Earle A. Jones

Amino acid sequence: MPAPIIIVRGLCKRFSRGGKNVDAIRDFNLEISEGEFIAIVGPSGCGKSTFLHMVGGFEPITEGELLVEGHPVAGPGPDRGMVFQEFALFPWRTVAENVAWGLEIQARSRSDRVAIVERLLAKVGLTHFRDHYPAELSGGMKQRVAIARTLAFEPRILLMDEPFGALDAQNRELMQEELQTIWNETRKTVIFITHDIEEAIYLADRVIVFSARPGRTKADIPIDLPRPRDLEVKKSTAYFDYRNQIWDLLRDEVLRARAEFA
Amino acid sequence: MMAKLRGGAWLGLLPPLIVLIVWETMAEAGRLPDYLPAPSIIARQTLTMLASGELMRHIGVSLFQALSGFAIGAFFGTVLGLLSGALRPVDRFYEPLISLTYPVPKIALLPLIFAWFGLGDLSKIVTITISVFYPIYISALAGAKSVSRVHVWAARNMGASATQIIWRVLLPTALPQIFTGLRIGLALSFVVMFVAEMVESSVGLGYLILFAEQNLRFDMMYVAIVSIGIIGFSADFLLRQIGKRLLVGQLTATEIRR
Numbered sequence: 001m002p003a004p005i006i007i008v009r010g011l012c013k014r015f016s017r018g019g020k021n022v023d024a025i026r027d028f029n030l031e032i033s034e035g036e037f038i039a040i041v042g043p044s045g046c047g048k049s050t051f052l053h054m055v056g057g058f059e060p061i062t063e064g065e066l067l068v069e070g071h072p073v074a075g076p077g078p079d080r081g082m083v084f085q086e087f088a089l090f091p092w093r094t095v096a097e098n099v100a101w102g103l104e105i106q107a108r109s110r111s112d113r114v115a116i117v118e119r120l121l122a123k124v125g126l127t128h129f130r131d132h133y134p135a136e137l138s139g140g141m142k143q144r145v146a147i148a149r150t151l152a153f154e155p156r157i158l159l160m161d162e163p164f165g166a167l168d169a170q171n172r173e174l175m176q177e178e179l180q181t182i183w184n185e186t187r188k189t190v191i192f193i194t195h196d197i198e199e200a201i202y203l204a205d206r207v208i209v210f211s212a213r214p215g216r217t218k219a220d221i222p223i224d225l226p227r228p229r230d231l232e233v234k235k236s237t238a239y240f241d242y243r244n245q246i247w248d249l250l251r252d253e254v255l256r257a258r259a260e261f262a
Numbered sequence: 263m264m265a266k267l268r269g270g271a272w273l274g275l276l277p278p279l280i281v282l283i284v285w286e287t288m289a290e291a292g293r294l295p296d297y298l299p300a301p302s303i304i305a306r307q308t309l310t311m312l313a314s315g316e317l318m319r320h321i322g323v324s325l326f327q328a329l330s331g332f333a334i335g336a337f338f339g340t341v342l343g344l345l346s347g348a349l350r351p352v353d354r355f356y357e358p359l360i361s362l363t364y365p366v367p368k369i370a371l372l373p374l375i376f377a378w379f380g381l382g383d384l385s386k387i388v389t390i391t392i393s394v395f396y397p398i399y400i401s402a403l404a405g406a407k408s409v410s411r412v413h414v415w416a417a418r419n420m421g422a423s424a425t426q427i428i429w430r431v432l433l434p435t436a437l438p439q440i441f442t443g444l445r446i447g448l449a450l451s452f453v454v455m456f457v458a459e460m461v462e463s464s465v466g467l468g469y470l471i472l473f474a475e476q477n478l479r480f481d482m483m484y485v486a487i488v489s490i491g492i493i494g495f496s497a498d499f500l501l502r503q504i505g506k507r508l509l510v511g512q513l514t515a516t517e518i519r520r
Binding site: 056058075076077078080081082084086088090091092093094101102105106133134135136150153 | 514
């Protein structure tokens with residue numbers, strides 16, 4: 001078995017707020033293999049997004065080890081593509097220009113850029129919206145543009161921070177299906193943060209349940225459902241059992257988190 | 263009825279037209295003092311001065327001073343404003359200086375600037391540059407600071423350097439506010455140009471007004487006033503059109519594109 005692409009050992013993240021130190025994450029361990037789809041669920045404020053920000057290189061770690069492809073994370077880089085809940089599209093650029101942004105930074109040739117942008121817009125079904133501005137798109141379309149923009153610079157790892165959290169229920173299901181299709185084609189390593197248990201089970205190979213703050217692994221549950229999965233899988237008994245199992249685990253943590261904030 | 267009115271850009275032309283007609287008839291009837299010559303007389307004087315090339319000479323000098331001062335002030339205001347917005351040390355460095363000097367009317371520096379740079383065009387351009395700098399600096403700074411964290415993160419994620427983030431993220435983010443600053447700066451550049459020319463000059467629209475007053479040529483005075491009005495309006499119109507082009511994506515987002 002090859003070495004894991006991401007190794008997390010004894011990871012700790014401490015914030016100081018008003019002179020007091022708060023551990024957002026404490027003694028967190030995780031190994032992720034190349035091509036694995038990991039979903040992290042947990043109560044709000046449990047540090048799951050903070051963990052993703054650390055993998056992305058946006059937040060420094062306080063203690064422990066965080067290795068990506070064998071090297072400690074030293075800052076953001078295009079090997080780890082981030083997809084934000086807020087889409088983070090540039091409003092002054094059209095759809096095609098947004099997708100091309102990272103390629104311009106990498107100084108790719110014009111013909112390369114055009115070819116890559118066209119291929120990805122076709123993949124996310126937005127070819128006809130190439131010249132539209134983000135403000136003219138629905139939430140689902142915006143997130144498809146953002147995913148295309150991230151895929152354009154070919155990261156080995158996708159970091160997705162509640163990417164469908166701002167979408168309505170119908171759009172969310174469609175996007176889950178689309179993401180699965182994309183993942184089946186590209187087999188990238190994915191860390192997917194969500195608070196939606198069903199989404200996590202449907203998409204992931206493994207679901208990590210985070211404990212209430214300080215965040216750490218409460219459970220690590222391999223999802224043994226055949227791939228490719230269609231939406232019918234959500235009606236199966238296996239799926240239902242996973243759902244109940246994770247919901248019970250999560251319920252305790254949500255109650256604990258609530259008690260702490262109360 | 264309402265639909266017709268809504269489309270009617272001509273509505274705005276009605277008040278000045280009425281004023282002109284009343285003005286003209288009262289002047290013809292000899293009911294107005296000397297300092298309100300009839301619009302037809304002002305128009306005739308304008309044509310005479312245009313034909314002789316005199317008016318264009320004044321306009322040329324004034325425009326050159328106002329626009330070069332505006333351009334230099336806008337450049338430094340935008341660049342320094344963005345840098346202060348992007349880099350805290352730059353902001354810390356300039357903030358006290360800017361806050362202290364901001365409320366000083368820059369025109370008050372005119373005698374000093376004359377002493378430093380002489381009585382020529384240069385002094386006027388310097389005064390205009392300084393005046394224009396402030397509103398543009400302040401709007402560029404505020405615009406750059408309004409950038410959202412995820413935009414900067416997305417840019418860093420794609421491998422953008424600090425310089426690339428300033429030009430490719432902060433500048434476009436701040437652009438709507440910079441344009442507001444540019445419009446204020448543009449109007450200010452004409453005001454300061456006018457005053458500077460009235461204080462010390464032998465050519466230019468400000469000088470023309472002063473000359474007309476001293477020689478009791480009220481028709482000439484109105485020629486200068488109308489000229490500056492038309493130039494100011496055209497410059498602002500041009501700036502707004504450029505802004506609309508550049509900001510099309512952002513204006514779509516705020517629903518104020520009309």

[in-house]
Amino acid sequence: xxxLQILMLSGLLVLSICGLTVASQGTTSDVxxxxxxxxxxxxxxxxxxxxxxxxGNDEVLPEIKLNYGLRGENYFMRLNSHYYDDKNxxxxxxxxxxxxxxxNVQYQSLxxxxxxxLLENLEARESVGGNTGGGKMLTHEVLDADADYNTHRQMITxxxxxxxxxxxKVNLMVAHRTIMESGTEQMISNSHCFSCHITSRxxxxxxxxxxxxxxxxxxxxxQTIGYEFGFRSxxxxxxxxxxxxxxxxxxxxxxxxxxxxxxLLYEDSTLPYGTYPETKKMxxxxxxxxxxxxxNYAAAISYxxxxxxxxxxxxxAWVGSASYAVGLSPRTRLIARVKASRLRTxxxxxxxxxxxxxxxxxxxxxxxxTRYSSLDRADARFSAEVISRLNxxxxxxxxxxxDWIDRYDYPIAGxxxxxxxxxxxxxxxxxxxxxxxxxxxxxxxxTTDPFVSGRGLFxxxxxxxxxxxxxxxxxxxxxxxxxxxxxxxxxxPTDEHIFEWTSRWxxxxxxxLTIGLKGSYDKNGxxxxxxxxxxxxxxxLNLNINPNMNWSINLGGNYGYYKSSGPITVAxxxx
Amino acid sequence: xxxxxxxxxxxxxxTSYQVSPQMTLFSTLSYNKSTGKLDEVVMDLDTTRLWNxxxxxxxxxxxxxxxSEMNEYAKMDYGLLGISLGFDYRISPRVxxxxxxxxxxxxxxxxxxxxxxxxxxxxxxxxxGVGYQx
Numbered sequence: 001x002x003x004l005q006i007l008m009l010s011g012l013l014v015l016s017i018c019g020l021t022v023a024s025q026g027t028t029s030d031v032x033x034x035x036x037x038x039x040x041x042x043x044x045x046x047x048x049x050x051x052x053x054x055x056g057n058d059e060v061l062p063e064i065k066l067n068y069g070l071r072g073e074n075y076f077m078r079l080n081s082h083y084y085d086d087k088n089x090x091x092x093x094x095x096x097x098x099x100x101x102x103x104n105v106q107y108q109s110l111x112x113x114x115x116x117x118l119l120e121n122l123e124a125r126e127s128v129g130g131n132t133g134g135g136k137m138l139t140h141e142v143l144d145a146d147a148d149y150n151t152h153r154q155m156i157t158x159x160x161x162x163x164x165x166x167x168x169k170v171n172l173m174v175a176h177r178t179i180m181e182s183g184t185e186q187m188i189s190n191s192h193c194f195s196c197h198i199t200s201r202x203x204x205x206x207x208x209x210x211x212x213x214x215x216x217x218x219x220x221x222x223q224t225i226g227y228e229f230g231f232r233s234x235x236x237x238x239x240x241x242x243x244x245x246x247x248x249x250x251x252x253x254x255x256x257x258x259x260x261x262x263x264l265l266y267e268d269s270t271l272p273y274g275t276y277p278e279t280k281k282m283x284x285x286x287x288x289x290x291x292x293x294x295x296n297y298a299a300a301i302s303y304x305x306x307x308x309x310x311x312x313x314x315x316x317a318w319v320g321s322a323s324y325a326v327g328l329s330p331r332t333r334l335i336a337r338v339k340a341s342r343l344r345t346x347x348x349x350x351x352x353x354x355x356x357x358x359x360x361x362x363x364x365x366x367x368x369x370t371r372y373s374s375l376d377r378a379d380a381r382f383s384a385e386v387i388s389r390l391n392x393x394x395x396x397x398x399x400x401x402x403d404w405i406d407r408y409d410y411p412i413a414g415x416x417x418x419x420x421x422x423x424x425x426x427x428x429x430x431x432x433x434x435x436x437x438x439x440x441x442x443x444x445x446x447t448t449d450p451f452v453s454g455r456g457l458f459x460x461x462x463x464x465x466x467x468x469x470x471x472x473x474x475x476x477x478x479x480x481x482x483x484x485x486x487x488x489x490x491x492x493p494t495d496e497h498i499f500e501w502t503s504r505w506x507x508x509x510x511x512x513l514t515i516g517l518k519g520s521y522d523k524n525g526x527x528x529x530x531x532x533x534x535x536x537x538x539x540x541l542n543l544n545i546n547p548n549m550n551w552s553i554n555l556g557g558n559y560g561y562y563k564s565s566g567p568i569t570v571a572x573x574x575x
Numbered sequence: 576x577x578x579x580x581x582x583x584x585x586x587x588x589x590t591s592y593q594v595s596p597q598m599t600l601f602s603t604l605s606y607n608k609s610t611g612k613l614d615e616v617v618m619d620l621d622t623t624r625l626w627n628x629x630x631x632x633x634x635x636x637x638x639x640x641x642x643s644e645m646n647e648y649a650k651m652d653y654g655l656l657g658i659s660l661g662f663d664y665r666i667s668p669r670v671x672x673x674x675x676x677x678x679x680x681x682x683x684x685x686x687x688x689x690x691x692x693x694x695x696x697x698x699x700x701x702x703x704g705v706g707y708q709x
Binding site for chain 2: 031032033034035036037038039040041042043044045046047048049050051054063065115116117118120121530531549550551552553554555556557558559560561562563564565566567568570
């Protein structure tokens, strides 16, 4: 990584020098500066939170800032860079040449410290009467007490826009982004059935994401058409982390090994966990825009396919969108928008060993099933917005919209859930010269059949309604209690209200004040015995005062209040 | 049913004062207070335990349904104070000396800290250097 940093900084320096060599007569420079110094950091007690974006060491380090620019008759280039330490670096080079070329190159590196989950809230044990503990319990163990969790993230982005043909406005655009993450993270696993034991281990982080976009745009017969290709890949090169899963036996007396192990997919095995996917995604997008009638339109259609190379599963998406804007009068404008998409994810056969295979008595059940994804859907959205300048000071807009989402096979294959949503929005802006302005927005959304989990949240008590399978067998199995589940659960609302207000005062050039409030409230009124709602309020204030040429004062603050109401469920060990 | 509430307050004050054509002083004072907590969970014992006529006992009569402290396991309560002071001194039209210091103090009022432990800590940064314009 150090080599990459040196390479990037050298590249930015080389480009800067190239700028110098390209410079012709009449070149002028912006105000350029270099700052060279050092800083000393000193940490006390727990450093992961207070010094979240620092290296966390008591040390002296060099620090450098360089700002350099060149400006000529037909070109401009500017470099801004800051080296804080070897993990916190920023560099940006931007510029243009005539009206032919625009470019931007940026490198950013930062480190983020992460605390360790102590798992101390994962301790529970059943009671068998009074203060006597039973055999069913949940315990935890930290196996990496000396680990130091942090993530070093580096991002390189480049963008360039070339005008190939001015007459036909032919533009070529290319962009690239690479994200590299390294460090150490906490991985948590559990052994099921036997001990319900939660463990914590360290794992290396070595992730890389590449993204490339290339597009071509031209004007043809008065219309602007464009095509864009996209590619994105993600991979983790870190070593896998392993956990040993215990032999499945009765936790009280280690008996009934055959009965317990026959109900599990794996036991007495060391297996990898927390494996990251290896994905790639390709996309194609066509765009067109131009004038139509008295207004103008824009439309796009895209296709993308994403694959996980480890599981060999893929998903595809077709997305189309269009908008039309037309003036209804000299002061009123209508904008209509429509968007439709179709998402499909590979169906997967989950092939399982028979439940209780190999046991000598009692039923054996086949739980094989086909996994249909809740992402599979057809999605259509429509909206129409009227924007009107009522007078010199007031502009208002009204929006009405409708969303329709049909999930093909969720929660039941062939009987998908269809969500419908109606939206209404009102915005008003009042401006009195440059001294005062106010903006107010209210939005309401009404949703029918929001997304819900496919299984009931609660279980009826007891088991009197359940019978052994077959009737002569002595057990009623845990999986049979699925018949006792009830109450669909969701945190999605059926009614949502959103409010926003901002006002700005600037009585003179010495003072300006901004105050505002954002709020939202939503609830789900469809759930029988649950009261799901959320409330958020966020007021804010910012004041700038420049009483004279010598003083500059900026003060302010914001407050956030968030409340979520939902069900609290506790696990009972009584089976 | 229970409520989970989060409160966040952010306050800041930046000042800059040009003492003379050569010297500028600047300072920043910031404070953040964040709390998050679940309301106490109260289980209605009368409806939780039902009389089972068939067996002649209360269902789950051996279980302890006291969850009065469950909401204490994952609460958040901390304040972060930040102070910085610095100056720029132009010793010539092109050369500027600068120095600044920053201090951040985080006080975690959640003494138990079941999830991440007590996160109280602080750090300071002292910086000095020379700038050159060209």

While canoeing in the Adirondacks, I met a young couple who had a miniature version of the environmental firebox made famous by Bill Mason in "Song of the Paddle". Although not quite as sophisticated, I came up with a design as efficient, but made from a container most trippers and backpackers are cursed with: the empty Coleman gas can. First, remove the top with tin shears. Then make a cut down the center of the front face to the bottom. Cut along the bottom seam where it meets with the front and side surfaces only. Do not cut along the back. This will serve as a hinge later. Edges can be sharp so crimp with pliers for safety. Laying it on its back, bend the front flaps upward. Wood is fed in from the front. Place a backpacker's grill on top. It takes mere twigs to cook a meal for 1 or 2 and almost no ash remains. I usually rest it on a rock or the supplied grill at most campsites. If I get a wind shift or decide I don't like the location of the existing fire pit, I simply don my gloves, pick up the fire, and move it. To pack up, fold the sides and bottom in, place the grill on top cinch with a strap, and place everything in a nylon or canvas bag. Total package weighs less than 8 oz. (225 g.) and measures 6"x10"x1.5". I have been using the same one for 4 seasons and it is only now beginning to show signs of wear. Best of all, replacement cost is nil. I have another empty Coleman can waiting.
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